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Young Sailors Take the Helm

Teens compete in the Annapolis Junior Keelboat Regatta

The future of competitive sailboat racing is in good hands, judging from the teenage competitors in the Annapolis Junior Keelboat Regatta.
    “It’s really exciting to move up to the keelboats,” said Kate Riley, 16, a sophomore at Severna Park High and the only female skipper among the seven crews racing. “We didn’t win, but we got better and better and ­finished second in the last race.”
    Nearly 30 sailors from seven local high school sailing teams competed April 23 in the second annual ­Annapolis Junior Keelboat Regatta. Broadneck High School took the trophy from defending champion South River. Other high schools competing were Annapolis, The Key School, St. Mary’s and Archbishop Spalding.
    “The kids are really good sailors, and race-savvy,” said Jeff Jordan, director of JPort Annapolis, which donated the J80 sloops for the one-design race. Participation grew this year to seven crews, up from five in the 2015 competition.
    There are 34 high school sailing programs in the Chesapeake Bay and Eastern Shore region, said Jane Millman, coordinator of high school sail training for Annapolis Yacht Club. Teenagers start out racing International 420s, a light centerboard sailboat.
    “This is a big jump for some of the students,” Millman said of the challenge of handling the larger, heavier 26-foot, 2,900-pound J80s.
    “The best thing is seeing how excited the kids are,” said Paul Jacobs, director of the Annapolis Spring Sailboat Show, which hosts the junior regatta at City Dock. “They are just so jazzed about keelboat racing, versus the dinghy stuff.”
    The competition is intense, thrilling fun — with an edge. The young crews tease, talk smack and razz each other, both on and off the water.
    “We’re all friends, but at the same time we really want to beat each other,” said Will Comerford, 17, a junior skipper at Spalding. “We didn’t win a single one of the six races, but I had an amazing tactician and we had a lot of fun anyway.”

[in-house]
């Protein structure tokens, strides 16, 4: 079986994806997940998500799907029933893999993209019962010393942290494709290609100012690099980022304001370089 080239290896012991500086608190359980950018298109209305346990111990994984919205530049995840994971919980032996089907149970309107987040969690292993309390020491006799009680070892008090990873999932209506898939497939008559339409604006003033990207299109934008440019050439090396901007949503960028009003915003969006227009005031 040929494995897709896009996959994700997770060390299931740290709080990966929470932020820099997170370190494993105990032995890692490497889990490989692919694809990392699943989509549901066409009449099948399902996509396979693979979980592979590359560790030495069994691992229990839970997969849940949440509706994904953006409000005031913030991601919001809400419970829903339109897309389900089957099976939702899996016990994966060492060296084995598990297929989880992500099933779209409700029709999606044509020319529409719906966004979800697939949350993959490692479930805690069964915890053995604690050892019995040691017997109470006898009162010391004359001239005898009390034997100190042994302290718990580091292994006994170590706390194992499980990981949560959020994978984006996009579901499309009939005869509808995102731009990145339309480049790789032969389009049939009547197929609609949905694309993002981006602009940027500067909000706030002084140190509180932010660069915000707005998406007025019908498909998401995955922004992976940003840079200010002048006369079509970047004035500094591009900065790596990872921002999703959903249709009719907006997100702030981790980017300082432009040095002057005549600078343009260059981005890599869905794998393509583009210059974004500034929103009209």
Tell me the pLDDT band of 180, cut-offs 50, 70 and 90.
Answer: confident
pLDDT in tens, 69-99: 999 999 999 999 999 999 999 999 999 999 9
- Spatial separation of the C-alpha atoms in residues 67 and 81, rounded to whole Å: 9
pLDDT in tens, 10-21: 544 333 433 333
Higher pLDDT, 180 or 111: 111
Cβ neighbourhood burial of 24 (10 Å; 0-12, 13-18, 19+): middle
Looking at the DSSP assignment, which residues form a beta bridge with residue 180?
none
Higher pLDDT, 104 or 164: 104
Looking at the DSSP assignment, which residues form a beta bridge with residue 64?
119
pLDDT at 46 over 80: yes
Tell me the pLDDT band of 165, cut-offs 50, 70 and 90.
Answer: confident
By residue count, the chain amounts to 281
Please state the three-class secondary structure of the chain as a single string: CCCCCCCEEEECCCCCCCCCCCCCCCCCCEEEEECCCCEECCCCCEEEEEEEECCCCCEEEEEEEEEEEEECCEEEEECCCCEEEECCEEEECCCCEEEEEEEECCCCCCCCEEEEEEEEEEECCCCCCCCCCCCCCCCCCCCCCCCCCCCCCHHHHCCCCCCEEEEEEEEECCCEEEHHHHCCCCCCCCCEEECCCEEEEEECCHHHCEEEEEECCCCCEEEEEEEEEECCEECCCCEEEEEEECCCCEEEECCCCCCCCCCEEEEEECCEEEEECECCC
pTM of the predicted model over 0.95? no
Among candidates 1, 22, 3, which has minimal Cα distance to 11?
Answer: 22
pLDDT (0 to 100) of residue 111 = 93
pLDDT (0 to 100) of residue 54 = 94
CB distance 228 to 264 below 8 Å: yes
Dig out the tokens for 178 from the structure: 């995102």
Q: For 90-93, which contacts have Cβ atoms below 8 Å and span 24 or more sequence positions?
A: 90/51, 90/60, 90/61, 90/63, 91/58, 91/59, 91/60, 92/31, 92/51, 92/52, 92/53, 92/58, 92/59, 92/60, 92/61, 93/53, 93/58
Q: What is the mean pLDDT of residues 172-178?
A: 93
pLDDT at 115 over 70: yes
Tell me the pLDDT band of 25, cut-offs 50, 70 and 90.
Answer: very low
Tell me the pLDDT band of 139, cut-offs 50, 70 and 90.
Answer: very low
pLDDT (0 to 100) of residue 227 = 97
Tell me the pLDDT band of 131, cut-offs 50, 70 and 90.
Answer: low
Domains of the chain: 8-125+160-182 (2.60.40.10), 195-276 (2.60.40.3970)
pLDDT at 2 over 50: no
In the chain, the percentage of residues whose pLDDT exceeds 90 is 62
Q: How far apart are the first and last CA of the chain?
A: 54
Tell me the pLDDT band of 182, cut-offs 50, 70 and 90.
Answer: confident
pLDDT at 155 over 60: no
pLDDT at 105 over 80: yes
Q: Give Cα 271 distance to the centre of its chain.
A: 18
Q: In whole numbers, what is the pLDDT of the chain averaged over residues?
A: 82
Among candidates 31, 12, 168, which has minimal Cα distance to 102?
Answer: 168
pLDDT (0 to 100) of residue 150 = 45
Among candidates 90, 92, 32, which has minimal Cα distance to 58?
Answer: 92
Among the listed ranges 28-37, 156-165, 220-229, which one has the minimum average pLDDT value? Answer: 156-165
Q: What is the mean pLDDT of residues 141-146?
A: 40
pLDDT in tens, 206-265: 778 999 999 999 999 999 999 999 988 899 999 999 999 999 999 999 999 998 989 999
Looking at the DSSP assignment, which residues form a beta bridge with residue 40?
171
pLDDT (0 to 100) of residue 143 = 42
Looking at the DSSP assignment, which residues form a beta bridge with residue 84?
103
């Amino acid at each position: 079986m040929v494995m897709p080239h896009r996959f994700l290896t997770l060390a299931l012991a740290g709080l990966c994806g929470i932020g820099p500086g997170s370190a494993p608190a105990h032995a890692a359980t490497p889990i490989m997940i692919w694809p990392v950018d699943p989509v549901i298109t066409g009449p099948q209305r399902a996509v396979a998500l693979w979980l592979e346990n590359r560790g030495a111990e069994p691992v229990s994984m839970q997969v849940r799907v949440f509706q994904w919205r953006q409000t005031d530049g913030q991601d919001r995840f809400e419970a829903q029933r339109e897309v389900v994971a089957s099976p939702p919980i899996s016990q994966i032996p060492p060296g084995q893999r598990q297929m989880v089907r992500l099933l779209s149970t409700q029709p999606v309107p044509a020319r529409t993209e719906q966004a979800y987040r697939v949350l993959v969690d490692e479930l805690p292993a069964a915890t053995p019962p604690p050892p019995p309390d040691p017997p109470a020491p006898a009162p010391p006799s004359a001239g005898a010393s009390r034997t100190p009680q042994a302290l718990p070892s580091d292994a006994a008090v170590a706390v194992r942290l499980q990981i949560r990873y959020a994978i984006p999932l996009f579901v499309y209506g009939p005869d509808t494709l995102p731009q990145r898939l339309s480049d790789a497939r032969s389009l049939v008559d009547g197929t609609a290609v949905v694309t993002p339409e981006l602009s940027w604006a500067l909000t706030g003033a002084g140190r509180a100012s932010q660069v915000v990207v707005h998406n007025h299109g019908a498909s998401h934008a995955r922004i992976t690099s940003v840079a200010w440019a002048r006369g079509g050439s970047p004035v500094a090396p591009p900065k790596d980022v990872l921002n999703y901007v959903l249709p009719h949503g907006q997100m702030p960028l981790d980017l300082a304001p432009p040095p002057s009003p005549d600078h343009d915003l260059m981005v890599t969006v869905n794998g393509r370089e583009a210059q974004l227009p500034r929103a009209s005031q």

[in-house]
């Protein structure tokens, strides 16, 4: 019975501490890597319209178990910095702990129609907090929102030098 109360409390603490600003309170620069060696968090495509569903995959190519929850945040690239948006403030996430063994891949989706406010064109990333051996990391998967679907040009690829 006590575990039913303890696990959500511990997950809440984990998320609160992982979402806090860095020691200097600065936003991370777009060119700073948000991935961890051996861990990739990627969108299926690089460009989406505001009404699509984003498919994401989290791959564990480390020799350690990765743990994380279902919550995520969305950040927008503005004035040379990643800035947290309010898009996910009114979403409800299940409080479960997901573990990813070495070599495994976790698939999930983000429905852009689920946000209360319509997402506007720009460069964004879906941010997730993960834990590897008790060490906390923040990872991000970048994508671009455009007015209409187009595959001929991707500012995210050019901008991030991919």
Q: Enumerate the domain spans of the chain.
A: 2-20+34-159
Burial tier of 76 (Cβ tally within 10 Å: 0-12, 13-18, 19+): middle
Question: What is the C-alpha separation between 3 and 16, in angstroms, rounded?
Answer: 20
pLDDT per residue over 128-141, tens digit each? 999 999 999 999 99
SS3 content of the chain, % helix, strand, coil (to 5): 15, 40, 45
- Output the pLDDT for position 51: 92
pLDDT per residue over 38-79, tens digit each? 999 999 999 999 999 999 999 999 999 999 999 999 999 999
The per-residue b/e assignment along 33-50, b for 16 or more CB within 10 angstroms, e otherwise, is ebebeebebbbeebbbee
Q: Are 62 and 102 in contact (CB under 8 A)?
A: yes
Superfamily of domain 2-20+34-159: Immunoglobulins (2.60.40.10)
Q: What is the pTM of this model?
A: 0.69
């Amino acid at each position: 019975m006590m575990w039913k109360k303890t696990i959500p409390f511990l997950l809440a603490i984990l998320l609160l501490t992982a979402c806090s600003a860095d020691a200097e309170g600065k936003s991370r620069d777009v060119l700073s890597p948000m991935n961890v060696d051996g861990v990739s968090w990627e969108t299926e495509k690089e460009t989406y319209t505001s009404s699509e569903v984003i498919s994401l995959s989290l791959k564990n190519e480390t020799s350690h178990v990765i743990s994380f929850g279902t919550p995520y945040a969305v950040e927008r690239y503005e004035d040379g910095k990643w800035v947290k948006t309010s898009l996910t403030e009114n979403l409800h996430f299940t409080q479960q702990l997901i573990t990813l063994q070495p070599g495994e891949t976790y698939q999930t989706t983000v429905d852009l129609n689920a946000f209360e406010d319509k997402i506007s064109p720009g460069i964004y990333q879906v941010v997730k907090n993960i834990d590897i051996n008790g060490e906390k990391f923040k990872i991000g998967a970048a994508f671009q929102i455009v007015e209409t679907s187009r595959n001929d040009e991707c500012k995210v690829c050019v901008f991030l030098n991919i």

Severna Park High School sailor Kate Riley.

    “The confidence level in these kids is through the roof,” Jordan said. “They think they can do anything.”
    The experience level in this year’s junior regatta ranges from near-neophytes to teens who grew up in sailing families and have been in boats since age five or six.
    “I was really hiking out a lot today, because of all the wind shifts,” said Allison Forsyth, 16, who has only been sailing a year.
    “Sailing is such a unique sport — it’s not like all the other sports like basketball or softball,” Forsyth said. “It’s pretty cool.”
    And, as Millman notes, sailing is a rare coed sport in high school, with boys and girls competing on the same level. That didn’t faze Riley, being the only girl on the helm in the regatta.
    “Yeah, I get teased, but I just tease right back,” she said.
    Riley’s proud parents beamed at her sailing skill. “She’s just embraced this, and now she’s part of the sailing world,” said George Riley, Kate’s dad. “It’s been so great just to watch her get better and better.”
    Jacobs came up with the idea for a local high school regatta last year.
    “The whole point of creating this was, how do we get kids involved in serious sailing?” Jordan said.
    That seems to be working.
    “Several of our students want to go to colleges with sailing programs,” Millman said.